2008 Crisis Lesson: Be Greedy When Others Are Fearful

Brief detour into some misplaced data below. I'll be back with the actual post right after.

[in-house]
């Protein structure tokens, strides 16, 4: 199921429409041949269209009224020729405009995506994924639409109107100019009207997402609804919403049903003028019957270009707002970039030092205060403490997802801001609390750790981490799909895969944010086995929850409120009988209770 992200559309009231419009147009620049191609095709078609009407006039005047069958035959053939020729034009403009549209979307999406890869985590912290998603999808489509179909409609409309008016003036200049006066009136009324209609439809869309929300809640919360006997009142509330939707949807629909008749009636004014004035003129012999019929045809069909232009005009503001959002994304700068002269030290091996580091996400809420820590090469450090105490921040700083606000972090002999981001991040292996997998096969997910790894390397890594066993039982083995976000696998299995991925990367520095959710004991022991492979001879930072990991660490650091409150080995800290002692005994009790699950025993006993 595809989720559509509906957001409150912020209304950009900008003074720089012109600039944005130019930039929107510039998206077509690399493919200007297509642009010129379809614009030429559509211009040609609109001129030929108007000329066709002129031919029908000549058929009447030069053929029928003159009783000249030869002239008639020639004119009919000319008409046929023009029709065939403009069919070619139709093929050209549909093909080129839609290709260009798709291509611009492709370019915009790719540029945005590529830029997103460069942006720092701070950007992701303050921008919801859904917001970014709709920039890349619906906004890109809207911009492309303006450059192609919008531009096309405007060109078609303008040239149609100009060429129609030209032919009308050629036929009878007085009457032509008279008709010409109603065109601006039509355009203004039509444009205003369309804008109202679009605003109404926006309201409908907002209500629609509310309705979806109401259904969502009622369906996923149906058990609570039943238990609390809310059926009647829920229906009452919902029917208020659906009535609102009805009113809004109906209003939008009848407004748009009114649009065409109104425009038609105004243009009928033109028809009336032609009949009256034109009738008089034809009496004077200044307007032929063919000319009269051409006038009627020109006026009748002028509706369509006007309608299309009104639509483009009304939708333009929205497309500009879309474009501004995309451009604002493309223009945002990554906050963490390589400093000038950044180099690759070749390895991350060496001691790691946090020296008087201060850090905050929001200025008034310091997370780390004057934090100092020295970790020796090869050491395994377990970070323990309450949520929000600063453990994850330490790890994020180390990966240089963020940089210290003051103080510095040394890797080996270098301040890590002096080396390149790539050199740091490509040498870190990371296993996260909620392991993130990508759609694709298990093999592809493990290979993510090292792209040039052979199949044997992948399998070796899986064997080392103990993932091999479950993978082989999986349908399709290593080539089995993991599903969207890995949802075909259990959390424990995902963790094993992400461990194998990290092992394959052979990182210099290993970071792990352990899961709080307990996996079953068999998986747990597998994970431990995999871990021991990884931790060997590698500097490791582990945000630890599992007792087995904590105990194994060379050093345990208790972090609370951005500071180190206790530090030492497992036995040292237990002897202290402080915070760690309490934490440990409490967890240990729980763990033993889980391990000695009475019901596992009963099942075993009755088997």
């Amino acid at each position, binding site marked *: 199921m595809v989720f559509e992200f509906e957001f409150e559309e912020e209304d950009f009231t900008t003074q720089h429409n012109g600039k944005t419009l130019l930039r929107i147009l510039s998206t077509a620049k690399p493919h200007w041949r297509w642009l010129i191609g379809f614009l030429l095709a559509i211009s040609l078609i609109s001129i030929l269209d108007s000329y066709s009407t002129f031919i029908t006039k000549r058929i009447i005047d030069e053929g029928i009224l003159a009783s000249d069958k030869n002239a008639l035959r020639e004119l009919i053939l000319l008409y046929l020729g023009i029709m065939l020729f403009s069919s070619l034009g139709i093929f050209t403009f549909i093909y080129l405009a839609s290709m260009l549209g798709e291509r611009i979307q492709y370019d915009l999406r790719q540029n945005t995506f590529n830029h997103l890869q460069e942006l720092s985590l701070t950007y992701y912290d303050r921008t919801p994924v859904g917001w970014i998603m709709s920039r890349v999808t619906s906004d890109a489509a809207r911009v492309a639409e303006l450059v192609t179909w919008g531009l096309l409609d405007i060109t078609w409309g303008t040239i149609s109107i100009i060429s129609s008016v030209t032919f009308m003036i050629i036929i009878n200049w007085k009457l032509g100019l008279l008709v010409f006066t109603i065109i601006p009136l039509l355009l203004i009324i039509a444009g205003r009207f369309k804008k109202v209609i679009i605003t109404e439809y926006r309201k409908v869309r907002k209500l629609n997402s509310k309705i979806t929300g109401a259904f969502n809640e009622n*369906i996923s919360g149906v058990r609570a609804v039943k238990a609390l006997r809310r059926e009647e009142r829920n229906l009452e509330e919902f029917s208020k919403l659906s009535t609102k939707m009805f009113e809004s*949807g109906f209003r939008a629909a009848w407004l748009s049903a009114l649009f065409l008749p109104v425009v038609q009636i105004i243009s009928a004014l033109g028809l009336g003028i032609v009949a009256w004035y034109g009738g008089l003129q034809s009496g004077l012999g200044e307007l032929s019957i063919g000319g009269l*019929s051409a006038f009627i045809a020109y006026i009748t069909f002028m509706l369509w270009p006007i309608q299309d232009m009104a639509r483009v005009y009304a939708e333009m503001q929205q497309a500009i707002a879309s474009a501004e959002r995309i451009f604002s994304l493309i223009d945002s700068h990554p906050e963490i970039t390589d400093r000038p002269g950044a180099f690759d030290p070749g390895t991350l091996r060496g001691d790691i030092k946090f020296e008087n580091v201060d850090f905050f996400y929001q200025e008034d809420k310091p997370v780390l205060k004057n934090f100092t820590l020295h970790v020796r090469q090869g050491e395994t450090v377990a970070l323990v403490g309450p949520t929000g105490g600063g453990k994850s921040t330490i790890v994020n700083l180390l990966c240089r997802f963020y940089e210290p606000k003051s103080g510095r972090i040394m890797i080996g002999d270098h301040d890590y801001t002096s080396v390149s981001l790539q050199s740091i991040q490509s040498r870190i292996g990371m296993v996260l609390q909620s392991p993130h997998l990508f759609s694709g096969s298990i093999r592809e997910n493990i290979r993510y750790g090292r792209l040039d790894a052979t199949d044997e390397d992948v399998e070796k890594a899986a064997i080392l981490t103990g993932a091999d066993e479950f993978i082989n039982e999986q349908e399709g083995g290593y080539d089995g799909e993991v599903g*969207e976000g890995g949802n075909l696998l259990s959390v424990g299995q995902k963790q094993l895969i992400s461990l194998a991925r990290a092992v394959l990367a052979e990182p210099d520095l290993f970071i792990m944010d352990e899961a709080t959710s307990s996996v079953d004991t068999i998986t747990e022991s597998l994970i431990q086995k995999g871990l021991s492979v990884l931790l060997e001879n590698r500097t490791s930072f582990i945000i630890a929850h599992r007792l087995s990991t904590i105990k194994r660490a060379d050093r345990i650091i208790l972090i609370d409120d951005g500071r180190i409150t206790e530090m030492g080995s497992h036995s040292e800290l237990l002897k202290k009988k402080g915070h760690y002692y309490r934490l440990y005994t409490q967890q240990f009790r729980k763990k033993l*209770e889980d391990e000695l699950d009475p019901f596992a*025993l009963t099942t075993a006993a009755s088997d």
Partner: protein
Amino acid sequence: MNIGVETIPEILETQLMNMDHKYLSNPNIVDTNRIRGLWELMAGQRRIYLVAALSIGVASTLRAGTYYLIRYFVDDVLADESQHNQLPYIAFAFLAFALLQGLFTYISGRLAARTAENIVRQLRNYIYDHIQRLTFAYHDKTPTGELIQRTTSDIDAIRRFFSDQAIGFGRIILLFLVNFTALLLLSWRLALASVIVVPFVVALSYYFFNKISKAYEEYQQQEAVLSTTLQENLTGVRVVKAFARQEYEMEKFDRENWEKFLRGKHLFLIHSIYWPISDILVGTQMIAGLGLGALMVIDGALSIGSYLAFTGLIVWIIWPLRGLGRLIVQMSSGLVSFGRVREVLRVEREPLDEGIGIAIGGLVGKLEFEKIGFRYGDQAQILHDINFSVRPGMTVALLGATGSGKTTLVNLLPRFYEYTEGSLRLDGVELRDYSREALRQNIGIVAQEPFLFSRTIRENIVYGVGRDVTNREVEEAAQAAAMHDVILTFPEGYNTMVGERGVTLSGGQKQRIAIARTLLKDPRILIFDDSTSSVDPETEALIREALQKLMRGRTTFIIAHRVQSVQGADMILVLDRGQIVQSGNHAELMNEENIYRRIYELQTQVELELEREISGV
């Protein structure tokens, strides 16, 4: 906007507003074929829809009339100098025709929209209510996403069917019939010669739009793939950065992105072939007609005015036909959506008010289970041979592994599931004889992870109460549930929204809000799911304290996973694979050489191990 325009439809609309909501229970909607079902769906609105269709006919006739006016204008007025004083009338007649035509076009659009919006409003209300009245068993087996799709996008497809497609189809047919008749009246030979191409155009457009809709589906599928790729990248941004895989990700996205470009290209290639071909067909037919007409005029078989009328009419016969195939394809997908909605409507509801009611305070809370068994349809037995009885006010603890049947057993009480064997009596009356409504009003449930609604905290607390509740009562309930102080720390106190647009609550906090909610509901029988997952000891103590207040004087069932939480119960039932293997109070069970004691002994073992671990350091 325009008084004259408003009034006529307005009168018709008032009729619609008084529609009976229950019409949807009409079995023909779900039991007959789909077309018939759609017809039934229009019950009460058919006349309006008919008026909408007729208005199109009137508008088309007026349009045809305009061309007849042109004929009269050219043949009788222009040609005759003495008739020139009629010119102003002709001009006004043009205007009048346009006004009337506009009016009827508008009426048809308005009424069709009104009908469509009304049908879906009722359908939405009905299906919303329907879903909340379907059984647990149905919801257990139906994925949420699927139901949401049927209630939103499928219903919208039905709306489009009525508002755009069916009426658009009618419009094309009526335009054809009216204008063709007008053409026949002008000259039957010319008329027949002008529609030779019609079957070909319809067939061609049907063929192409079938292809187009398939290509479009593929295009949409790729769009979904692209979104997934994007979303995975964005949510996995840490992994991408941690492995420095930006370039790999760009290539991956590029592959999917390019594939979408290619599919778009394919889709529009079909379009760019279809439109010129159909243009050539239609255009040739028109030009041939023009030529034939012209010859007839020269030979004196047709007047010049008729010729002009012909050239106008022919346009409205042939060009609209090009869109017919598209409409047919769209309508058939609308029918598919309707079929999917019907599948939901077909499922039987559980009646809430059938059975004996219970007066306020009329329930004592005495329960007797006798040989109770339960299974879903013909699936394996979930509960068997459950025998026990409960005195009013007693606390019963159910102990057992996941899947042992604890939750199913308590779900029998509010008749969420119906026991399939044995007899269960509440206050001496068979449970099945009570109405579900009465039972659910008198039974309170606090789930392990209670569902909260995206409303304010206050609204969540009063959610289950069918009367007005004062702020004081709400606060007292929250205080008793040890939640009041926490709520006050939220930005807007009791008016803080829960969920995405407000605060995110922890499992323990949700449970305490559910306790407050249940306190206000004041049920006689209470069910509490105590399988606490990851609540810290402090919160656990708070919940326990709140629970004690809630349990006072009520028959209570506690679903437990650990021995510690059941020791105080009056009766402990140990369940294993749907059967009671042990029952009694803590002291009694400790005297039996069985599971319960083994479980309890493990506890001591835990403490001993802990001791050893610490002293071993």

Welcome to the Bloomberg PNL podcast. I'm Paul Sweeney along with my co-host these Abramowicz each day, we bring you the most noteworthy in useful interviews for you and your money whether at the grocery store or the trading floor. Find the Bloomberg PL podcast on apple podcasts or wherever you listen to podcasts as well. As at Bloomberg dot com. March ninth will Mark the tenth anniversary of the market bottom during the global financial crisis on that day, the intra-day low and the s&p five hundred touch six hundred and sixty six since then the market is up over three hundred percent. So to give us a sense of kind of what has been driving the market and what to look forward to going forward. We welcome Charlie Brisco, Charlie's vice-chairman ahead of of the investment group at Ariel investments over close to fourteen billion dollars under management areas based in Chicago. But Charlie joins us here in our Bloomberg. Interactive brokers studio, Charlie welcome to our studios next family. What looking back what were some of the lessons that you guys at area you folks at aerial take from the financial crisis. And then what's happened sits over the last ten years. Yes. Some of its relearning old lessons. The biggest one is that you have to be greedy. When others are fearful and people were very fearful in two thousand and nine and it was the best time to be a buyer. But boy, it didn't feel like it. At the time. People felt great about stocks in two thousand and one. And it was a terrible time do invest in stocks. So by when others or selling cell when others you're buying greedy. Who knows if you're those are the lessons, we relearned so and right now, unfortunately, possibly for investors. Invest for for those seeking those values retail investors, don't seem either particularly greedy or particularly fearful they just kind of our following. What's going on there being almost dare I say it prudent? I'm just wondering from your perspective. Is there alpha left is there a place for an active manager to really generate significant returns? So when we make presentations to investment committees at institutional investors, they're still pretty nervous. They keep asking questions about. When is this going to end hasn't this rally gone onto long we're going to have a recession here any day? There's been a shift to fixed income L D I investing pension plans. We think the institutional investor is still pretty nervous. A lot of questions. We get about our earnings recession coming. The first two quarters. We don't see it. So I'm going to just say that the market in general is still pretty nervous. So Charlie it's interesting because the markets up the SNP is up over eleven percent this year in one of the stats that that really caught my eye is just as this round trip. We've had since early December that thirty seven percent move roughly, and yes and p from the so when you think about that one could argue that gee, maybe today now now's the time sell that kind of made eleven percent. Isn't that good enough in what's your view for the remainder major this year, for example? Yeah. So are the flexible fund of areas the area fund, which is actually up eighteen percent. When the SNP was up eleven on Tuesday. And I will say it was cheap after the drop last quarter. At the beginning of the year. We were at thirteen times forward earnings. We're not at dirty anymore. We're probably close to fair value. But there are still pockets of cheapness, and there's pockets of overvalued. We think there's still a safety bid stable, stocks are considered stable stocks. Utilities high paying consumer. Staples are still overpriced what's not expensive are anything. That's considered cyclical. Still have a lot of people thinking recessions coming. Global growth is going to close is going to slow down. So we love the alternative asset managers KKR Blackstone, which are considered a high beta and cyclical and they're very cheap right now. As are a lot of industrials sound like right now at SAP five hundred that's up more than eleven percent year to date, including reinvested dividends. How much does it have to go? What's going to be the full year return for twenty nineteen? So we think neither wean or anybody else can have good prediction on that. We can at any given time give you view on relative value. But we don't think anybody's any good at at predicting the short term, we think of frankly, the secret to investing is focusing on the long term and not spending too much time worrying about the short term. However, I certain times, however, here is an exact number for the one hundred year. But it is actually true that that market. Multiples are pretty good predictor of returns. And so when you had at the beginning of the year, our value stocks at around thirteen times that was cheap and low p es do tend to produce a high returns, even in the short term is a great statistic that when the PM ratio drops by twenty percent in the market. It's often a very good period of time to invest for even the next twelve months does aerial invested on PEOs, not usually in the reason is because we want to invest in companies that have a proven sustainable competitive advantage. We're value investors. So we look at earnings a lot of the companies are going to be coming public. This year. Have no earnings people talking about multiples of sales. So we would be very cautious on some of the valuations that we're seeing for companies that are coming Charlie. What do you feel about concentration because I've been hearing about more funds that are going into say fifteen names, and that's it? Yeah. We're very concentrated. We believe in focus. We have in the area fund on forty stocks buffet talks about why it's so much better to invest in your top twenty ideas, rather than putting money into your thirty s bet thirtieth best idea, we think it's if you're really diversified with one hundred stocks, very hard to beat the index is after fees. So we believe in focus, you can know those names better. Frankly, there's stocks like Qiqihar that are very cheap. And we'll put a lot of money into kickoff. Five percent of a position. When did you start that bet in two thousand and thirteen when the US government, downgraded when SNP downgraded the US government from AAA everybody thought, the high yield market was going to close and kick air stock went from eighteen to twelve and it became a wonderful opportunity because of the two and twenty didn't go away. But the stock reduced in price by thirty three percent. It's gone now from twelve to Twenty-three in one of the reasons was it was a partnership that index funds camp by and kick your converted into a. A corpse. And now everybody combine them vanguard. Just bought eight percent of the company in the last quarter. And I'm looking at the shares right now KTAR shares have risen more than sixty seven percent since March two thousand thirteen Charlie abo- prince, quite thank you so much for being with US Vice chair and head of the investment group in portfolio manager at Ariel investments, which is in New York City to celebrate the ten year anniversary of the financial crisis rather seller. Celebrate what's come after the financial crisis. The crisis itself. It wasn't so long ago that things were starting to look up a little bit for General Electric. There is a sense that there was going to be a restructuring path forward. What happened GE the shares having? It's their biggest two day decline right now since November in the red by more than four percent today. Care nubile heart of Bloomberg intelligence joining us here in our interactive brokers studios. Karen covers industrials here. What's going on now? Well, you know, we've had a lack of disclosure on twenty nineteen. So it has been anybody's guess, we've had no guidance for over nine months, and we are long awaiting the fourteenth where they would give us twenty nine hundred and yesterday gave a little preview of what they're going to announce next week and said that negative that cash flow, which was four point eight billion positive this year was going to be in the negative column next year, and it was a total surprise. So what's driving? This negative surprising casual which of. The remaining businesses. I know they've sold off a lot of businesses. They've really focused what's causing the problems now at all power. But in addition to that, and this is one of the problems with GE last year. The apparently got a billion plus in prepayments from their little renewable business. Okay. Which they didn't mention when cash let was better than expected. Right. This year. They have to start delivering that stuff that business at little tiny businesses going to shift from a billion positive to probably, you know, I don't know up to a billion negative. So that's two billion of the shortfall. Why didn't they tell us? There was a one time last year. But this raises another question, right? One sort of hallmark of General Electric's problems has been I don't know if accounting issues is sort of a strong way of putting it but the in accurate, accounting, statements or statements that have not fully disclosed the depth of the problems at the organization for a variety of reasons. Does this just sort of confirmed that nothing on that front has dramatically changed and that these surprises will keep coming? Well that that is. Is part of it. People are hanging their hat on. You know, this is this is a, you know, an honest guy a really good operator. He's going to he's going to give us the details. And this was like dropping a bomb, and but the second one is power power. You know, it's gonna it's taking longer to get his arms around it. I don't have any doubt that he will. But power is going to be worse this year. And again, some of that could is disclosed they these are very long term contracts. They did very bad contracts over the last few years just to get orders on the books, and guess what? Now, they've got to ship them, and they're shipping. Very probably some some deals at at losses, and that's going to be a multi year workout, you know, kinda like an engineering construction company a bad contract and takes years to work through the backlog. Right. But then also, you know, the cost structure is not anywhere near in line with where revenues revenue today, and that's ongoing. He they laid off twenty four thousand people not divisional almost year. They've cut a number of plant. It's not enough. So that's what he's telling us. They have to do more. Okay. So let's now they've done. That in terms of the the the restructuring and the company, do you think that they are done with that in terms of selling I guess people call non-core assets are the assets that GE has today is that it now they still have about fourteen billion in stock ownership of Baker Hughes that businesses already off line. It's being run independently. But they have a fourteen billion dollar ownership there. They have about another four billion that they can get out of the web tech business that they sold and then it's going to be smaller units. I think from here, but even in the power division. There's two pieces now that the the non gas piece their stuff in there that they can sell. But I think the big stuff is is probably behind us. So all right. So I, of course, I'm sorry. I I'm very focused on the debt side of this just because that is the nature of my DNA. That is I'm sorry. It is who I am. I'm looking right now General Electric perpetual, bonds five percent debt is the biggest loser. Among the investment grade universe today. Another decline in price that means higher. Implied borrowing costs how crucial is it. The General Electric gets its act together, and is able to give better disclosure, and frankly, a better view into just how much more Consol in the valuations that'll be able to achieve in order to avoid paying criminally high interest rates are prohibitively high interest rates and potential downgrade. Well, I think they bought some time with that twenty billion dollar asset sale that they announced last week that will significantly help the debt burden. They're not going to get the money until the fourth quarter of next year. But you know, there's a good shot that the credit agency agencies will say, look, we got a lot of cash common. And it's the the deal with Danaher. And I think that really bought them time the sales at selling something for three billion or five billion or four billion. There was still a lot of a worry. And now this they got a chunk of change coming which will I think alleviate some of those fares the one risk is what if some of these these unknown liabilities are much bigger than we think. There's a lot of lawsuits out there. You know, there's a number. There's a long-term healthcare insurance thing that do they really have their arms around that. So I think they're okay with this big asset sale if nothing big hit some, you know unexpectedly, but there's room for that. There's room for the unexpected here. All right. Let's no, Leslie, let's talk about the dividend. I'm looking on the Bloomberg terminal. Now, there's a forty two assent dividend. Yielding about three point eight eight percent is that safe. No, they cut the dividend to a penny. Okay. Because. Yeah. So so they had they and they're saving four billion dollars by doing that will actually it's an eight billion annual cost. That's now nothing like eight hundred million. So this this is not the GE week Rupp with building growing buying dividends for widows and orphans. That's that those desert on right? I you know, he said down the road he wants to be two and a half times leverage and competitive dividend. But that's really quite a bit down the road, so renewable heart. Thank you so much current heart senior industrial analysts been covering GE forever. Not edge you she's our best and Bloomberg intelligence. So thanks so much. As usual. There is a lot of news in the healthcare space. First. We have the announcement that the FDA has approved Johnson and Johnson nasal spray that works to alleviate symptoms of depression. And we also have news of the sudden resignation of the food and drug administration's Commissioner Scott Gottlieb, the help us break down. All that's going on healthcare. We bring in our friend, max niece and Max's biotech pharma and healthcare columnist for Bloomberg opinion. He joins us here in our Bloomberg eleven three oh studios. Max a welcome. Once again, this Johnson and Johnson news story seems like a big deal is it it deathly is. So it's the first kind of real novel depression medicine in more than a decade. And it's the first one in even longer time that has kind of genuinely different way of working on the brain. And then kind of the third differentiating factors that it's fast acting what we have generally takes weeks to kick in. You have to build a concentration of time. So this has the potential be used in a lot of interesting different ways spur for people that are kind of in an acute moment of crisis or who just don't respond to existing therapies, and that that is a pretty big population. So you know, what else is fast acting cocaine Fenton? All I mean is this ketamine is this potentially the next opioid crisis. So, you know, it's it's a it's a relative of ketamine and a close one. And I think the potential for abuse of something that the FDA definitely considered as opposed to, you know, whether it's the equivalent of just giving someone a party drug that they did run kind of you know, randomized you'll late stage trials in an controlled trials in really sick patients in it did have an impact. Well, flip it on its head. Right. Have there been studies done of people who let's say took ketamine or took other party drugs like ecstasy, and that actually helped with depression, you know, that there have been a lot of attempts to. Study this, but not in kind of the the scale and rigor of of this trial, and beyond the fact that it has this kind of psychoactive effects that that people have chased. There does seem to be some kind of you know, scientific evidence that there is an effect on the brain that, you know, there's there's like a a medical thesis that they're chasing here for why might help people with depression. It's not let's give people a happy drug and see if they get happy them some acts. I know the antidepressant market in general is a monster market. Is there a sense of how big this sub part of it is so that that's the big question, you know, treatment resistant population is potentially millions of people. The question is how many of them are going to end up getting a getting Johnson Johnson drugs. And that's that's trickier question. This is in you know, you just get a pack of pills and take them you have to go to a licensed office, take it. And then sit there for two hours. A while you're monitored for symptoms of disown. Station today Shen than you're not supposed to operate heavy machinery for the rest of the it's gotta find someone to give you a ride. So that that's a really hard thing for for people that are working to do. And then, you know, this isn't something that your average psychiatrists is quick to handle. So that that is likely to kind of keep it from reaching its full addressable market at least anytime soon, and I just want to be very clear. I mean, I've sort of been talking about this with a light tone. But it's really not frankly underscores how much the epidemic of suicides in this country has absolutely been exploding especially among the younger populations. I do want to shift gears a little bit to the food and Drug administration or just basically the the chief of the US food and Drug administration. Scott, Gottlieb resigned. Suddenly, it seems like there is nothing untoward in why he resigned there was no kind of push. It was a personal issue. How big of a loss is this an how much does it affect the industries? I think it's. Pretty significant everyone likes sky. He he, you know, there's. Even even me, you know, obviously, there's some such people that really like, you know, selling tobacco and vape pens, less spans because he eats kind of an aggressive regulatory stance on them. But he was seen as someone that understood the industry worked really hard and pushed on a lot of significant public health issues in a way that you hadn't really seen from a previous commissioners. It can be quiet job. You know, it's a technical administrative posts, but he turned into something. There was a lot more communicative in an active on the policy front us. So I think he will be missed and not just by by drugmakers who saw someone that was really pushing to modernize the agency and and make it easier for innovative therapies to make it to market, but but for for the country's a whole, you know. It is really the exception when you have kind of a relatively drama free and competent leader agency in in the stained age relative to the past. So is there any sense of who's going to replace Gottlieb in just in general, the the big farm on all their lobbyists? Do they have an influence on who gets selected? You know? I imagine we're we're not gonna get someone that they really hate just because that is a big lobby, and it's one that has a lot of influence in congress. But there is a chance that we could get a left field candidate. And I'm just thinking of, you know, the people that were rumored to be considered a long side, Scott leave I will that was could've Peter the'll affiliated investor who has some some pretty out of the mainstream. I'll save us on on regulation of medicines. Which is to say that they they shouldn't be regulated very much. That's a position that you might think that drug makers are in favor of but actually would. Potentially be pretty chaotic so that that's a potential negative. But we could just get, you know, a pretty mainstream bureaucrat as well. We'll be excited. He's got leap, but probably won't cause any harm. So we'll see you didn't you started off talking about this with respect that tobacco companies. And in vaping companies were not that excited about him being there and are more excited about him leaving. We did see a pop in their shares. Do you expect that to last or do you think that any successor would would adopt the same kinds of policies? Oh, you know. I wouldn't be surprised if they at least continue Gottlieb's efforts. Maybe they won't be as publicly energetic about them. But you know, I don't think there's much of a a push that these these companies can make to to kind of combat the general rise of kind of further regulations. Intersex on the public health impact is is pretty obvious. You don't want people getting addicted to tobacco or nicotine products one way or another, and it's the role of the FDA in one way or another to take a role nuts. So how is the FDA today's generally perceived as a good bipartisan view, or is it really in the lap of big pharma or on consumers. Where's the FDA is kind of proceed right now? You know, I think the God leave FDA lease was was kind of respected to a certain extent by by people on both sides of the aisle, which is an achievement in itself. I think you'll find people that do feel that it tends to lean too much in the way of pharma, and that was a criticism colleague who who had some industry experience. But at the same time he did things that were kind of to the detriment of industry calling people out for kind of abuses of the generic approval system for pricing things like that. And on the other hand, you have people that want to push you have to you'd have more of an active role. So we'll see Maxine said, thank you so much for being with us max Niessen biotech, pharma and healthcare communist with glimmer opinion. We always value your perspective. Good morning. Well, it as Lisa said earlier, the market seems to be discounting that the fed is done raising rates at least for the near term. But there is a interesting column out this morning by former New York fed President Bill Dudley that said don't assume that there may be room for the fed to perhaps even raise rates at some point later this year to help us dig into this issue and outlooks for rates for twenty nine thousand nine we bring in Carl Riccadonna Carl's a chief economist for Bloomberg economics. He joins us live barely in the Bloomberg eleven three oh studios here in New York. You gonna take that sitting down? Very much alive. Just ease one floor wave and he made it with the second spirit. Thanks carl. So what do you make Carl of Bill Dudley's column about rates and the outlook for twenty nine thousand nine I agree with what the former New York fed president is saying, and we've maintained that view as well. This is a pause not a peak for interest rates. We can look at the, you know, the the grand scope of history and the economy has never rolled over with interest rates as accommodative as they are at the moment. And so we look at real GDP growth, relative to real interest rates and real interest rates are essentially zero that the rise significantly higher. Maybe two hundred basis points higher to actually be depressing economic growth. All right. So let's take a little bit more into what Bill Dudley said he said that probably the economy would underperform for the first half of this year. He thinks that patients indicates the fed won't be raising rates in the first half of twenty nine thousand nine. However, he expects the economy to reaccelerate. In the second half, and basically prompt the fed to rethink its patients. Do you agree with that? I agree with that. And here's a story. So break it down for the economy grew on break it down the economy grew about three percent last year. That's well above trend growth when you grow above trend two things happen one the unemployment rate move slower and to generate inflation pressures. So you get an acceleration in inflation. We saw both of those things last year the economy is moderating this year. So we're going from two point nine or three percent growth down to my teams expecting something close to two point four percent still above trend. You get exactly what you got last year just in a slightly smaller dose. And so the expectation is right. The earning seasons. Not looking that great. If you've talked to chief equity strategist Gina Martin Adams, she'll say that we may even be potentially contending with an earnings recession not an economic recession, but an earnings recession or at the very least to solve. Patch in the first part of this year. And so we have this, you know, equity market correction in Q four soft patch for corporate earnings residual seasonality issues with the GDP numbers where we get a Asaf Prenton Q one. Once we get to mid year and central bankers. Sit back in the sense what's happening in the economy. They're going to see that we still have growth that is above trend. We have an unemployment rate heading into mid three percent territory. And the way that pressuring running it. So hottest of the cycle. They'll say in that environment. We're not done we have to keep hiking. How surprise with markets be if when the fed if the fed hikes again this year? Well, the fed doesn't want them to be surprised. So while the fed kind of lead the market to this point in terms of the rate increases, we've seen the fed got burned in Q four. This means now the fed is going to follow not lead the market to interest rates. So the Fed's going to let the market beg for it. And then be happy to oblige them in by letting the market beg for it. It means that we'll see a steepening of the yield curve the fed let's the market price in more inflation expectations. You see a bear steepening of the yield curve. And then the feds steps in and says, we'll help you address the inflation problem and layer some rate hikes in give us a sense of timing. Here is this a third quarter type environment because I think if you look at them, I think the market's discounting really nothing for twenty nine the market is saying nothing economists are saying they're still high. Coming the market better than economists. But go ahead. They're gonna beg for it. Those rate hikes go on the way, the timing of this works out, right? We have to wait until we have a sense that we're in the clear from this earnings recession, which means probably by the time. We get the cue to GDP numbers, which would be the end of July. That would be the time where you'll start to see both market participants and fed policymakers say, okay, the economy still running a little hot a little bit of additional accommodation is warranted. And so I think we see two hikes in the back half of the probably at the September meeting in the December meeting, the December is a boulder call, and so the risk is not symmetric around that the risk is we would only get one height this year. But we do have the view that we're going to be contending with a still robust economic environment in the Fed's going to have to do more. They'll just speak really fast than meeting to indicate that they're not patient any longer. I just have. I just have to ask you really and thirty seconds put how much of the slowdown that we're seeing in the first half is due to the trade skirmish at it's been going. On. That's an interesting question. I think you've have thirty seconds element to that. I think it's just a confluence of factors. I think were were blaming trade too, much and will realize it domestic economic fundamentals are still very strong, and I keep going back to that unemployment rate generating wage pressures that is a backstop to consumer spending and the domestic economic outlook is still very robust. Correct. Donna talent. Like it is here in the Bloomberg interactive brokers students. Correct Donna chief economist for Bloomberg economics talking about that Bill Dudley com. Really interesting to me the idea that the market right now has completely written off rate hikes. And yet we have a former fed officials coming out and saying you guys are. You guys are being a little premature. Thanks for listening to the Bloomberg PNL podcast. You can subscribe and listened to interviews at apple podcasts, or whatever podcast platform, you prefer on Paul Sweeney. I'm on Twitter at PT Sweeney and Lisa Abramowicz. I'm on Twitter at Lisa Abramowicz. One before the podcast. You can always catch us worldwide on Bloomberg radio.